The Decisive Intervention
by Robert Dannin

“Wayfarers and Warblers” is an artistic coup, a flight of fancy, taking the viewer on a space-time detour to improbable yet possible dimensions of history and geography. Jolie Stahl’s assemblages tell stories by fusing particular (archaeological) fragments, fictive moments, and other heterogeneous elements into an act of narration that invites us to escape present circumstances without, for all that, ignoring their deeper origins.

Ms. Stahl’s painting employs the creative techniques of quotation and inversion by mediating a catalog of Greco-Roman ruins, the perambulations of modern tourists, the politically incorrect fantasies of hobbyists, and finally the practice of bird watching (ornithology). The resulting compositions are an unending summation of places and cultures merged into fictional ‘events’ in uncertain futures or alternative pasts. Native American tourists, Ancient Egyptian jet setters, globe-trotting Bedouins? Why not!

Their messages mimic the cryptic postcards of mid-century travelers, too busy like real ornithologists absorbing the fleeting movement of a rare bird to worry much about the kids back home.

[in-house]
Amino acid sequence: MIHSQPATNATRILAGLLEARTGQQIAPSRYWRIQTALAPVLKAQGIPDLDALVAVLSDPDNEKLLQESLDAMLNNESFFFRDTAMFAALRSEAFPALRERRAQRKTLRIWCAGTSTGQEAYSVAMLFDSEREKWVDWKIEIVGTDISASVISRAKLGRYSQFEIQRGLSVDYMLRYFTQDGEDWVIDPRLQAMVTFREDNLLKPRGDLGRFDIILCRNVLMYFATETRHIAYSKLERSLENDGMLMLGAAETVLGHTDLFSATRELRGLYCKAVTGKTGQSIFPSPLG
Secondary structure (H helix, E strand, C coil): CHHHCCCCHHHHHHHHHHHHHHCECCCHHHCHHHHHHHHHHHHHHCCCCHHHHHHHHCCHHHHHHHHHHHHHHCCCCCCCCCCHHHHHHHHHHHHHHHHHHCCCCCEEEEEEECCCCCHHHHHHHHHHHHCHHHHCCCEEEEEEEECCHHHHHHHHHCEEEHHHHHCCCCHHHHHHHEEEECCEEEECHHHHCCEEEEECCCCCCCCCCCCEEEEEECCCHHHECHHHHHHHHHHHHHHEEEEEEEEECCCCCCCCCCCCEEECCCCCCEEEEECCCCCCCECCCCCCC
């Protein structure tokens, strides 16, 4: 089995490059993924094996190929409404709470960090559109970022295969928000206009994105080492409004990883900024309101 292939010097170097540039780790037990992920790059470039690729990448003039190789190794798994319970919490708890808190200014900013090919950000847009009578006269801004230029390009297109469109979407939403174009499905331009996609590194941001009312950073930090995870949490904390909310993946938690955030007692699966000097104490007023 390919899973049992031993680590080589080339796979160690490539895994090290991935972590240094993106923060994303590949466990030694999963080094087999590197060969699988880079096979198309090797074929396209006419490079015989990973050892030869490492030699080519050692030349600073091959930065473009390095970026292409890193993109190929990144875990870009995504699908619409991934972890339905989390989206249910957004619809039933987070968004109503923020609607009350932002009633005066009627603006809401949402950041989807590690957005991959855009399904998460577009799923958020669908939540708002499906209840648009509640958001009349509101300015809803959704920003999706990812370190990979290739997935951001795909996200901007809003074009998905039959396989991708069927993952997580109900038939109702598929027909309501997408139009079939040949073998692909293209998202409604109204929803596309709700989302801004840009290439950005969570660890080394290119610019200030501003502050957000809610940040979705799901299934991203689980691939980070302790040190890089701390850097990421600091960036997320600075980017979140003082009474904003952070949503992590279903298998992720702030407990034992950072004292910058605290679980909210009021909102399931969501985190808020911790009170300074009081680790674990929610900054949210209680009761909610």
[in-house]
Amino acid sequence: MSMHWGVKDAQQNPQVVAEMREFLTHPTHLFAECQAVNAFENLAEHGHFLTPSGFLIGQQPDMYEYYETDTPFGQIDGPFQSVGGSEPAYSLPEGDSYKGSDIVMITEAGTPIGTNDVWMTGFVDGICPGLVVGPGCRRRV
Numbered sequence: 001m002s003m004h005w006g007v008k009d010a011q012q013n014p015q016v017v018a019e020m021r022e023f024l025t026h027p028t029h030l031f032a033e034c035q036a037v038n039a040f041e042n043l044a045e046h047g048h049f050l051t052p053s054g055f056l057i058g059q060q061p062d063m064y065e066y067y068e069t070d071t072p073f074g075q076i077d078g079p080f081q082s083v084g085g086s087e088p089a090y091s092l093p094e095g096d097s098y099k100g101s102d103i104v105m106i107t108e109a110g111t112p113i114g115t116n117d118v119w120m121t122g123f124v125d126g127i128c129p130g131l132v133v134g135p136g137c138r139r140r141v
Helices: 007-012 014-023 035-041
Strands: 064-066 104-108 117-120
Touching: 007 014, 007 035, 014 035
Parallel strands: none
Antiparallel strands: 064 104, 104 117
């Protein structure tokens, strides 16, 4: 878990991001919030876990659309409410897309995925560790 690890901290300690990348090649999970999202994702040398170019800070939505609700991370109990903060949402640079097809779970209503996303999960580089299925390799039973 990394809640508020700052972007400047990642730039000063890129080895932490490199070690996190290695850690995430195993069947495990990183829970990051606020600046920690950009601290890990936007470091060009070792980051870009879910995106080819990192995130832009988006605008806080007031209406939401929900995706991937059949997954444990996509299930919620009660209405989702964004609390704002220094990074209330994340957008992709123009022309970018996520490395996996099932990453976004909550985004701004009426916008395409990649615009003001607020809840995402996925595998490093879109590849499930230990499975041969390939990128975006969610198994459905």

In each tableau the artist executes her painterly gestures while fidgeting with odd wooden scraps as the decisive interventions needed to harmonize the scene. These scraps organize our memory by providing a framework for the art-historical knowledge that reveals itself in an instant when the right strokes are completed. This is the instance of art, the moment when talent and a sense of intellectual tactics converge to balance the real with the imagined.

“Wayfarers and Warblers” succeeds through a manipulation of creative authority. It alters perceptions of the familiar and plays delightfully with our mental faculties. Like those rare birds who lay their eggs in another species’ nest, these tableaux insert memories into places that do not belong to them.

Not yet, anyway.

The Genie's Out of the Bottle: Recent Watercolors and Collages
by John Goodrich


There may be no overriding direction to art these days, but the best of it continues to reflect an age-old purpose: to cast a keen eye about the world and offer a response, drawing as needed upon precedents in art. While lazy art tends to reduce our visual environment (and great traditional art) to clichés, the most compelling contemporary art finds something new in both.

These recent watercolors by Jolie Stahl do compel, quietly and quirkily. A glance at the rapid, bold rendering suggests a quixotic talent; as the formal vitality of these works sinks in, one recognizes a more crucial quality: an original temperament.